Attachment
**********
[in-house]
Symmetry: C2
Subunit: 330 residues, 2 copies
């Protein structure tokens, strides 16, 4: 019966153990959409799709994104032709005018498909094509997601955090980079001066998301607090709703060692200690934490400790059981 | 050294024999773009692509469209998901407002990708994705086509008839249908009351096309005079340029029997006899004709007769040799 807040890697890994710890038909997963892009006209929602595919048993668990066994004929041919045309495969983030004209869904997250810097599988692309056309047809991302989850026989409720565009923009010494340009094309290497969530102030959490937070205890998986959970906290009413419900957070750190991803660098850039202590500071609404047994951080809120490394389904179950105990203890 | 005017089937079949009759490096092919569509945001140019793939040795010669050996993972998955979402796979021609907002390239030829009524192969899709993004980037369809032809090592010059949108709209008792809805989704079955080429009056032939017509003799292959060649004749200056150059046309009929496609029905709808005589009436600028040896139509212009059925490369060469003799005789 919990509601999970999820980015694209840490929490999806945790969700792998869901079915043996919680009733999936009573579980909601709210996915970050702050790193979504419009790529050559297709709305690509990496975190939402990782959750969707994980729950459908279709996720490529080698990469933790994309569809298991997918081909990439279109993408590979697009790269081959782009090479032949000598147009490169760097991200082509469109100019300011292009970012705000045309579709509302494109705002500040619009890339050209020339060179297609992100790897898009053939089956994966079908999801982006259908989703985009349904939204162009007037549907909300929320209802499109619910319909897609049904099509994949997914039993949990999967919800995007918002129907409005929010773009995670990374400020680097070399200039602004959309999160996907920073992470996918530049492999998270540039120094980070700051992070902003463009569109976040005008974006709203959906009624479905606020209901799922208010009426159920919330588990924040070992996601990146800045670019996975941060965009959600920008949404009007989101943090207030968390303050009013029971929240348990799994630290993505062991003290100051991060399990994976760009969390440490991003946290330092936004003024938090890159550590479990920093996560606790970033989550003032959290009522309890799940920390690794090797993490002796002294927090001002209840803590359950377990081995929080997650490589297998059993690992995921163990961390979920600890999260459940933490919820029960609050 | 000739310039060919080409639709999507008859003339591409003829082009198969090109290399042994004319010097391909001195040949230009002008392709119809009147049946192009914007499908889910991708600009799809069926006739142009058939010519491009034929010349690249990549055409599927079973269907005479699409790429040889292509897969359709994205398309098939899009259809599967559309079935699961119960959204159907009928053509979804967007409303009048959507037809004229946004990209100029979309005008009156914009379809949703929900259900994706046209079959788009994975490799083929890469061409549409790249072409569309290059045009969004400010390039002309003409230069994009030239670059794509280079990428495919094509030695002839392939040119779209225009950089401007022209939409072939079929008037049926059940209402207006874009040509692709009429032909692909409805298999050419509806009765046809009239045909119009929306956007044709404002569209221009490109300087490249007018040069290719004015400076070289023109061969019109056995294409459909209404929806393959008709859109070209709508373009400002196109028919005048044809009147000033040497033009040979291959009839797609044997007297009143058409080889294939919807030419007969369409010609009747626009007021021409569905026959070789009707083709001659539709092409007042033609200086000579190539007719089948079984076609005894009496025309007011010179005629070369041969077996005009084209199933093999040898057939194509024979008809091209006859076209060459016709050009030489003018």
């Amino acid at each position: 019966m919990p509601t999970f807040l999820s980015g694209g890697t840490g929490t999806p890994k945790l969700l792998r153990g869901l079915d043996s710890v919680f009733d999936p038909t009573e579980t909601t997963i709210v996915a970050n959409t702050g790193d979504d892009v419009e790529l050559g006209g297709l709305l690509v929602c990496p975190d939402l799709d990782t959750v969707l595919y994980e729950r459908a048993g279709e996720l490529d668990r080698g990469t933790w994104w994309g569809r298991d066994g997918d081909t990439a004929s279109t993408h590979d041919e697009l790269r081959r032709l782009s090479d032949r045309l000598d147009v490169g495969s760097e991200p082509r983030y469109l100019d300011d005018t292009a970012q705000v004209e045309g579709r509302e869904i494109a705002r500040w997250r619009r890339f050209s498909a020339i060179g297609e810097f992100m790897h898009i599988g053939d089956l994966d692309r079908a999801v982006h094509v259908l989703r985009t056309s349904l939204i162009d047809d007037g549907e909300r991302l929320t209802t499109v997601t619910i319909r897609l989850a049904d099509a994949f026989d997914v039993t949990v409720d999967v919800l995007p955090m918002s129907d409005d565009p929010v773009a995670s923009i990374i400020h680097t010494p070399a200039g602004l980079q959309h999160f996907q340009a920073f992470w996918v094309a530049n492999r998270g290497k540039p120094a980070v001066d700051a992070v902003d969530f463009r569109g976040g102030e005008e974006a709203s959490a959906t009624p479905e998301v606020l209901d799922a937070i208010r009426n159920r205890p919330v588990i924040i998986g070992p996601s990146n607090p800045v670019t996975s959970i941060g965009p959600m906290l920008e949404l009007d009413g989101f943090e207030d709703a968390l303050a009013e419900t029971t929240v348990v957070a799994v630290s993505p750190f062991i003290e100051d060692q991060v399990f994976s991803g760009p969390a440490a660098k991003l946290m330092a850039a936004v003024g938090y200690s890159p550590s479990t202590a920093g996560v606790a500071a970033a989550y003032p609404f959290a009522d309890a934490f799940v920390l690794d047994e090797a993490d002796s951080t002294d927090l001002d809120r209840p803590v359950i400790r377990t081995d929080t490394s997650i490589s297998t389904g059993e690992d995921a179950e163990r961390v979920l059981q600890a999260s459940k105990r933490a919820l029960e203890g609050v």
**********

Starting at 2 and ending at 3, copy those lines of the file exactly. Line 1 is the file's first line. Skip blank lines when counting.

Symmetry: C2
Subunit: 330 residues, 2 copies